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Axel von dem Bussche was born on 24 April, 1919 in Brunswick, Weimar Germany, is an officer. Discover Axel von dem Bussche's Biography, Age, Height, Physical Stats, Dating/Affairs, Family and career updates. Learn How rich is He in this year and how He spends money? Also learn how He earned most of networth at the age of 74 years old?

Popular As N/A
Occupation N/A
Age 74 years old
Zodiac Sign Taurus
Born 24 April 1919
Birthday 24 April
Birthplace Brunswick, Weimar Germany
Date of death (1993-01-26)
Died Place N/A
Nationality Germany

We recommend you to check the complete list of Famous People born on 24 April. He is a member of famous officer with the age 74 years old group.

Axel von dem Bussche Height, Weight & Measurements

At 74 years old, Axel von dem Bussche height not available right now. We will update Axel von dem Bussche's Height, weight, Body Measurements, Eye Color, Hair Color, Shoe & Dress size soon as possible.

Physical Status
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Dating & Relationship status

He is currently single. He is not dating anyone. We don't have much information about He's past relationship and any previous engaged. According to our Database, He has no children.

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Axel von dem Bussche Net Worth

His net worth has been growing significantly in 2022-2023. So, how much is Axel von dem Bussche worth at the age of 74 years old? Axel von dem Bussche’s income source is mostly from being a successful officer. He is from Germany. We have estimated Axel von dem Bussche's net worth , money, salary, income, and assets.

Net Worth in 2023 $1 Million - $5 Million
Salary in 2023 Under Review
Net Worth in 2022 Pending
Salary in 2022 Under Review
House Not Available
Cars Not Available
Source of Income officer

Axel von dem Bussche Social Network




Krall, Hanna (2006). "Phantom Pain". The Woman from Hamburg and other true stories. New York: Other Press. ISBN 9781590512234. Retrieved 23 February 2022. Intimate portrait of Axel von dem Bussche.


In 1991 he was one of many unsuccessful plaintiffs who sued the federal government for return of the properties that had been expropriated in 1946 by the Soviet occupation forces. Von dem Bussche argued that the expropriation (de jure by the Soviet occupying powers, de facto by German communists) was unjust and, in his case, not even justified by Soviet standards, because according to Soviet provisions only “fascists” should be affected by expropriations. He argued that the government of the Federal Republic, which after 1990 became the owner of his former property in Thale, should make up for the injustice by returning the property to him as the rightful owner. The Federal Constitutional Court argued that the expropriation and expulsion occurred before the Federal Republic of Germany was founded in 1949. Accordingly, the Federal Government was not to be held responsible for the consequences of the war that occurred before it was founded. Von dem Bussche found the court's reasoning scandalous, stating, "wrong cannot become right." As a result of this legal matter, von dem Bussche had at times fallen out with his former resistance regiment colleague and Federal President, Richard von Weizsäcker, with whom he had been a close friends for decades. After von dem Bussche's death on January 26, 1993 in Bad Godesberg (burial in the family crypt of the Dietzsch-Doertenbach family in Lehrensteinsfeld), his eldest daughter Nicola Dietzsch-Doertenbach bought back larger parts of the former family property from the Federal Republic of Germany.


After the founding of German equivalent of the Peace Corps (Deutsche Entwicklungsdienst), he was appointed one of its two managing directors at the beginning of 1964; in this function he played a key role in building up the German development aid organization until 1966. Alongside and after that, from 1964 he was a member of the Executive Committee of the German Evangelical Church Congress, a member of the World Council of Churches, a consultant to the World Bank, a pioneer of the Stockholm UN Environment Conference in 1972 and a one-year fellow at the College of Science in Berlin. Here he was involved in the preparation of the first UN environment conference.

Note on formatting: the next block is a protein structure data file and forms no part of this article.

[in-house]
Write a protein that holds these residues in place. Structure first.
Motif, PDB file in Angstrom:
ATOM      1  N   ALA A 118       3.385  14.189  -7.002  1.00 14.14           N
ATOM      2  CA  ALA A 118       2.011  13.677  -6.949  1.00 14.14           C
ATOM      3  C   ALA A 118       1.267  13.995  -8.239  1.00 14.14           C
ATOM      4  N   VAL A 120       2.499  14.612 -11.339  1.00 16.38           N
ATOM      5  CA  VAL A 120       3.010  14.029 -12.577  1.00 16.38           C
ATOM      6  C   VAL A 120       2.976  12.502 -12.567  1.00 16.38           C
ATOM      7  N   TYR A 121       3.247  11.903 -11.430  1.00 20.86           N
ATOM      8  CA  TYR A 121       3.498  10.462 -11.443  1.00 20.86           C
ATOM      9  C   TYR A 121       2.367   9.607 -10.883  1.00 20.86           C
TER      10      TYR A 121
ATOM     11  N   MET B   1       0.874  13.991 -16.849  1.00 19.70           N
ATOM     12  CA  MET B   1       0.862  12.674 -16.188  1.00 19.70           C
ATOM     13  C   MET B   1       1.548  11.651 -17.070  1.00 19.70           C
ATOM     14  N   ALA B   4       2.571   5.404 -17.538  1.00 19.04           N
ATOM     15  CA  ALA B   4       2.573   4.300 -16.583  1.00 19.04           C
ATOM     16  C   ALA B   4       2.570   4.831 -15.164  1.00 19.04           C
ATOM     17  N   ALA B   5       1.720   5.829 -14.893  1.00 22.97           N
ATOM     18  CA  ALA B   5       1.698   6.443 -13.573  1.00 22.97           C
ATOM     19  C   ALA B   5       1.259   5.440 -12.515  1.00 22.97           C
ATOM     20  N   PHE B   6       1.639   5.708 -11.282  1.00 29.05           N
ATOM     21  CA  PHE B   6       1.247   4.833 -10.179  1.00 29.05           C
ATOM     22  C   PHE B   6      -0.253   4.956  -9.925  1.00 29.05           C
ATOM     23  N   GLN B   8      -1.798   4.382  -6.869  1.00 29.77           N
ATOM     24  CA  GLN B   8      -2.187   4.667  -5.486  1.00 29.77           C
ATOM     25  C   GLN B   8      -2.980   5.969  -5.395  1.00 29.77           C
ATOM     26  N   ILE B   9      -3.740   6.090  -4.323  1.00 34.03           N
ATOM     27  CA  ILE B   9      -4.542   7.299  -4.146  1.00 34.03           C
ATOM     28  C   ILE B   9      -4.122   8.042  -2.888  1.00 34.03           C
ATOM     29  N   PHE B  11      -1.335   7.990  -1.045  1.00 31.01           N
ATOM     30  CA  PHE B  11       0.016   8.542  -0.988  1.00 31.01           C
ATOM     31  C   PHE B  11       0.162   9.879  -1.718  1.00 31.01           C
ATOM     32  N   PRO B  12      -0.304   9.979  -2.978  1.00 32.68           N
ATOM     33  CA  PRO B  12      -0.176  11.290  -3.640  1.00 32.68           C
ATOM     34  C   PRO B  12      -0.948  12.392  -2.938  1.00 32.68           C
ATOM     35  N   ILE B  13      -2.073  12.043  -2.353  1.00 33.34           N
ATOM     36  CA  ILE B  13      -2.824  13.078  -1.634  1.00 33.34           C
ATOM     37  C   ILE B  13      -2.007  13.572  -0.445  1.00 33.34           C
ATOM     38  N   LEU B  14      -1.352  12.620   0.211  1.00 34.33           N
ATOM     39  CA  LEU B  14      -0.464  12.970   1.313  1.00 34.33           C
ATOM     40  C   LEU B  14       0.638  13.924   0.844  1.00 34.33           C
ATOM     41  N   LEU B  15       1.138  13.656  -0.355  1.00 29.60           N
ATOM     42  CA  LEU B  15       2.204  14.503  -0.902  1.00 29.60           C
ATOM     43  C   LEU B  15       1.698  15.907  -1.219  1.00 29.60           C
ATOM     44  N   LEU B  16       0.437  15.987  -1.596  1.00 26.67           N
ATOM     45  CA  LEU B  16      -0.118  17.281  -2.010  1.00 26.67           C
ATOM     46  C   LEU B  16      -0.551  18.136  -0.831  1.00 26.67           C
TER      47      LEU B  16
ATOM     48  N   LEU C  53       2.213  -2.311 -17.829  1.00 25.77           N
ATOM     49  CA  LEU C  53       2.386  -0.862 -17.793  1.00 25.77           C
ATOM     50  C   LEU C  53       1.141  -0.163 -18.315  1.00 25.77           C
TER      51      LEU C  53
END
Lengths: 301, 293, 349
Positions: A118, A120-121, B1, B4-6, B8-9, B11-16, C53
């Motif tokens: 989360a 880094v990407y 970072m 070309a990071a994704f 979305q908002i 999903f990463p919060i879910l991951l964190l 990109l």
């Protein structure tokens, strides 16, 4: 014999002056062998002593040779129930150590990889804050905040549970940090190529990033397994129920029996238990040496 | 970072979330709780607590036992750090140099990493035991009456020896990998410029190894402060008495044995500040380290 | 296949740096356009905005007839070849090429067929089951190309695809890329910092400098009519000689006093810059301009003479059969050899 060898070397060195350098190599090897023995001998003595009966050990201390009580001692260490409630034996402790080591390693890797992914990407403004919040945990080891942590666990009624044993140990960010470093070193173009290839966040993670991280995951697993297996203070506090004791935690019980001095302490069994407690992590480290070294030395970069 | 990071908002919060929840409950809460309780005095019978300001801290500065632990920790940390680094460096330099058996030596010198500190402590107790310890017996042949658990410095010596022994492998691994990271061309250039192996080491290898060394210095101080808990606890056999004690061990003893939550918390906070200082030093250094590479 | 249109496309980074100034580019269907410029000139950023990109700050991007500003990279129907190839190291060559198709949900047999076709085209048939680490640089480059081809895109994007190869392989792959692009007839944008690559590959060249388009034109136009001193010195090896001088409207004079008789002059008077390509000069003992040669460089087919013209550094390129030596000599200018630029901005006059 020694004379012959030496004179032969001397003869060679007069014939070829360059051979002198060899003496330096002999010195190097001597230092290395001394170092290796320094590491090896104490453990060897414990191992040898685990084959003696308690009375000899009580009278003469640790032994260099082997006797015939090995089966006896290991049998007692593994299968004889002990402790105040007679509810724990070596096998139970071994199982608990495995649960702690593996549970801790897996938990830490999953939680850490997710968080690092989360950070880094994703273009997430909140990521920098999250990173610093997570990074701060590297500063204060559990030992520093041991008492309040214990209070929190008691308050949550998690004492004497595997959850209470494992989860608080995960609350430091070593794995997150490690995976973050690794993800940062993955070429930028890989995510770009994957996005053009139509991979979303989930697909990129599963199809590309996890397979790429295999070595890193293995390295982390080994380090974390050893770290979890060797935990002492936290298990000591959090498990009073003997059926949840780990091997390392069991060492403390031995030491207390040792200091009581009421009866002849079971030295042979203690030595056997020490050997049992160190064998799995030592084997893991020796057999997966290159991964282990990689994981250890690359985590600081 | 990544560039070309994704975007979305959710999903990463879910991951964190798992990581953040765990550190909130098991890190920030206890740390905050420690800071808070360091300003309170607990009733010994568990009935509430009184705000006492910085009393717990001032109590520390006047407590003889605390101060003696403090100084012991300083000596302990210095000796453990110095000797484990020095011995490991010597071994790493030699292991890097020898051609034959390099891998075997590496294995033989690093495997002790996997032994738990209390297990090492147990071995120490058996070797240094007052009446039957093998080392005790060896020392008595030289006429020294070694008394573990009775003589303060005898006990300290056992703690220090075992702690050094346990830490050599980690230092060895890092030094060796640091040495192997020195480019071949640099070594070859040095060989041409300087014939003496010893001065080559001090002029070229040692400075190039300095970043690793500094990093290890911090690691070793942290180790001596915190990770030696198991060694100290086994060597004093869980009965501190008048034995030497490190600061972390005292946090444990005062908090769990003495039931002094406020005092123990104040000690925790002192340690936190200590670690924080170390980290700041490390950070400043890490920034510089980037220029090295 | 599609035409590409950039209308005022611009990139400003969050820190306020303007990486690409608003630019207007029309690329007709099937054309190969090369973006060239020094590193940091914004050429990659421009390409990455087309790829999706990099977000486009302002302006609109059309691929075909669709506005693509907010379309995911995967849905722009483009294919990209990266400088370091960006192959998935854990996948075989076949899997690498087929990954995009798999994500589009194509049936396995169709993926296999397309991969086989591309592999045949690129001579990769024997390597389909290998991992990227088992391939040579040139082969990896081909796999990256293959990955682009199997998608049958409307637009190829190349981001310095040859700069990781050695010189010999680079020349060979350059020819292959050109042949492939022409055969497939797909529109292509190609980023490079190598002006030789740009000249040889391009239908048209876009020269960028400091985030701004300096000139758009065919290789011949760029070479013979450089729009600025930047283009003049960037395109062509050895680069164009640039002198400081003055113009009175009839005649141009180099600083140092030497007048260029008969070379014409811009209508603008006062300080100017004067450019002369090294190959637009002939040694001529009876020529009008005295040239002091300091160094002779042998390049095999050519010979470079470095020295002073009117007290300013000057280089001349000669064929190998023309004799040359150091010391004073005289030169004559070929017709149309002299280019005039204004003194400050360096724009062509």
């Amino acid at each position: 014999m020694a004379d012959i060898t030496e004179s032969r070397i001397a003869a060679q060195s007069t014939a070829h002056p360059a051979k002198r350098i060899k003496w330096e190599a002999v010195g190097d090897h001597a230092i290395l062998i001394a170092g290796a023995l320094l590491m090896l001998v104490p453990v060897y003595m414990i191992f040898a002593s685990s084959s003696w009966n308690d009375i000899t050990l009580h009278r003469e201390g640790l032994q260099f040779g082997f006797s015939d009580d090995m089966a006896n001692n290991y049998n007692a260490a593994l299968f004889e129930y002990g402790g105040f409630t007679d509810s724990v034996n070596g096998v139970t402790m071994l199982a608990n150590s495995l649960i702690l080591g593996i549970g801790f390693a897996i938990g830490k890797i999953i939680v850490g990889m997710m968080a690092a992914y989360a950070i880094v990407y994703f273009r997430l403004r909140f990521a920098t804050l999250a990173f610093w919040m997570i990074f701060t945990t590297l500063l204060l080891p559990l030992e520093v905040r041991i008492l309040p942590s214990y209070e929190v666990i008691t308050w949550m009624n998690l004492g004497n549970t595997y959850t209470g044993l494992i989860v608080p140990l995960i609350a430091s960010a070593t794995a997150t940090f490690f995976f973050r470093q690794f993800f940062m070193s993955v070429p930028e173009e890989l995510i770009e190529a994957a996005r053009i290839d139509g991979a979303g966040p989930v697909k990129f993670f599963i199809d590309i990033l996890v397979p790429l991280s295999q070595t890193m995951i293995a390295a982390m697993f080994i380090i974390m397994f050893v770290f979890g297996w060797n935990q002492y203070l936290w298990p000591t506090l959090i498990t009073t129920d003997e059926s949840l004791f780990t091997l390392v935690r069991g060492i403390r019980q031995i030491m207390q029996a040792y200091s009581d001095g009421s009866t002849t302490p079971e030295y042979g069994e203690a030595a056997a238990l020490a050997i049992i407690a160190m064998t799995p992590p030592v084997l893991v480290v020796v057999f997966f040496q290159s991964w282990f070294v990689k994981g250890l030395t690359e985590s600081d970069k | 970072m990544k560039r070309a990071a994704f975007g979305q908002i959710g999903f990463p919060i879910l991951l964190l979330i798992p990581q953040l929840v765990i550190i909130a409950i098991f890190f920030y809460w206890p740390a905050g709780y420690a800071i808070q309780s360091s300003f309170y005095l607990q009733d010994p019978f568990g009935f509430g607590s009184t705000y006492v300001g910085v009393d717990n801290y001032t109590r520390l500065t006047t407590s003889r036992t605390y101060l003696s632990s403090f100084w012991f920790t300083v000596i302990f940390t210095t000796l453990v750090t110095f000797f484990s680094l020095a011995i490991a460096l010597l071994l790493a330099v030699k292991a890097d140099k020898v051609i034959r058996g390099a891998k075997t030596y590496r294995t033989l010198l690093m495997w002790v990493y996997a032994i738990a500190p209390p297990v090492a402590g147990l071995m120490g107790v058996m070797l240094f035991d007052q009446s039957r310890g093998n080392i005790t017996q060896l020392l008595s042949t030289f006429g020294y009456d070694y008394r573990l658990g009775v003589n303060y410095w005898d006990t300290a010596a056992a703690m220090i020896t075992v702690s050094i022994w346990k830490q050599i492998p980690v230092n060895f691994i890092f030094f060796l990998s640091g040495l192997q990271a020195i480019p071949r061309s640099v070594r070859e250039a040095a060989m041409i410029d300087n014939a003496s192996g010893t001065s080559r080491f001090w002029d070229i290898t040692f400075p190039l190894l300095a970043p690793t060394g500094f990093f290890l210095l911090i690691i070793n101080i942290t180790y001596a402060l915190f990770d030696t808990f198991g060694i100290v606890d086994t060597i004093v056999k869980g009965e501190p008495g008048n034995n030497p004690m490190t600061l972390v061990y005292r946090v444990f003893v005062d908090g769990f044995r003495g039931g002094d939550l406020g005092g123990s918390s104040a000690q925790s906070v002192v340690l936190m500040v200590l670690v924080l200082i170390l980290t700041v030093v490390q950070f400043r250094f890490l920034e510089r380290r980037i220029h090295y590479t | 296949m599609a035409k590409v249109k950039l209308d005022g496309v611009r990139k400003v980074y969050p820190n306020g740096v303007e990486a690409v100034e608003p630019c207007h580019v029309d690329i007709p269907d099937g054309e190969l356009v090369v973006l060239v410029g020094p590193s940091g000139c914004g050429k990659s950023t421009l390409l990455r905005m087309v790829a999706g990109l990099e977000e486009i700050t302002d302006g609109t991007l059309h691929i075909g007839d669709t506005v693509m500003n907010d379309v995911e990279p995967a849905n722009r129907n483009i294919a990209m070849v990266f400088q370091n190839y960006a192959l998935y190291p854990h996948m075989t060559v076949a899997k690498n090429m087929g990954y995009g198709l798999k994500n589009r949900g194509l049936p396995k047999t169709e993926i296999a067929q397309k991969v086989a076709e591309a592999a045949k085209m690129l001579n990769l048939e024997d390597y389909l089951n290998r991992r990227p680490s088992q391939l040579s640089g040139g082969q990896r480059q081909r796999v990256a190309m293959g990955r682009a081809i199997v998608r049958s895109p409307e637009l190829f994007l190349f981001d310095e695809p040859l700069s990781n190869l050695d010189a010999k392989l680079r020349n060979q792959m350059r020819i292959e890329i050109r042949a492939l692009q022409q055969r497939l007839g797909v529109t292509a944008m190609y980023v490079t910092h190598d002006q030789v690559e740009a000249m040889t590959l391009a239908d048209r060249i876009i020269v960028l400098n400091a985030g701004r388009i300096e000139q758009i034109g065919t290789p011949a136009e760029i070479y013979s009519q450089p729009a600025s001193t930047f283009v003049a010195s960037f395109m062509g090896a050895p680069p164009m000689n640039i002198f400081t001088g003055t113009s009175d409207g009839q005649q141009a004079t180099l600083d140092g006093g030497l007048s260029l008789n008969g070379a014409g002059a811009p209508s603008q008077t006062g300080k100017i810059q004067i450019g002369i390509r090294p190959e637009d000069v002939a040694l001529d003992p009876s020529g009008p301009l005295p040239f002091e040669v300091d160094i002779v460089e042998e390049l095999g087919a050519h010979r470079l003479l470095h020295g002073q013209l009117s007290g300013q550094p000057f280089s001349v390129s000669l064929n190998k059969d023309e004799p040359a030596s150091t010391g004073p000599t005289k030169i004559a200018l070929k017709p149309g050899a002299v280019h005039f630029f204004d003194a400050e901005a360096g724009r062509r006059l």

In 1950 he married Englishwoman Lady Camilla Mildred Nicola Acheson (daughter of Archibald Acheson, 5th Earl of Gosford and Mildred Carter), divorced Schenk Freifrau von Stauffenberg. With her he had two daughters: Nicola Dietzsch-Doertenbach, née Freiin von dem Bussche-Streithorst, and Jane (Johanna) Freiin von dem Bussche-Streithorst. From Lady Camilla's first marriage to Hans Christoph Schenk Freiherr von Stauffenberg he has three step-sons: Sebastian, Patrick and Damian Schenk Freiherr von Stauffenberg.


The von dem Bussche owned manors in Thale, in the form of the former Wendhusen monastery, and Stecklenberg, however immediately after the Second World War, these properties were seized by the Soviet occupiers of what was to become communist East Germany. von dem Bussche went on to study law at the University of Göttingen and he became the first post-war chairman of the General Student Committee (Allgemeiner Studierendenausschuss) of the University of Göttingen. After completing his studies, he worked as a program assistant in the German department of BBC London. In 1948 he started work as an editor and consultant for advertising at Suhrkamp-Verlag. In 1953 when he took over the management of the press office in the "Blank Office," which was the predecessor of the Federal Ministry of Defense of the Federal Republic of Germany, which dealt with the preparation of new German armed forces. He then moved to the Press and Information Office of the Federal Government as an employee in the Commonwealth and USA department. From 1954 to 1958 he served as Legation Counselor at the German Embassy in Washington. From 1959 to 1962 he was head of the Salem Castle boarding school founded by Kurt Hahn, Karl Reinhardt and the Margrave of Baden.


In November 1943, von dem Bussche stood by for three days and two nights in the guest barracks at the East Prussian headquarters at Wolfsschanze. On his arrival he handed co-conspirators Major i. G. Joachim Kuhn and Colonel Helmuth Stieff the documents given to him by von Stauffenberg for the implementation of the coup d'etat. The night before the demonstration, however, the railway car containing the new uniforms was destroyed in an Allied air raid on Berlin. The assassination plot was never exposed, and von dem Bussche returned to his unit on the Eastern Front. After the failure of the assassination plan, Major Kuhn buried the documents together with the explosives on the premises of the Oberkommando des Heeres (OKH).. These were later found by Soviet officers on February 17, 1945 based on Kuhn's description of the hiding place, and in 1997 a copy was handed to German Chancellor Helmut Kohl by Russian President Boris Yeltsin.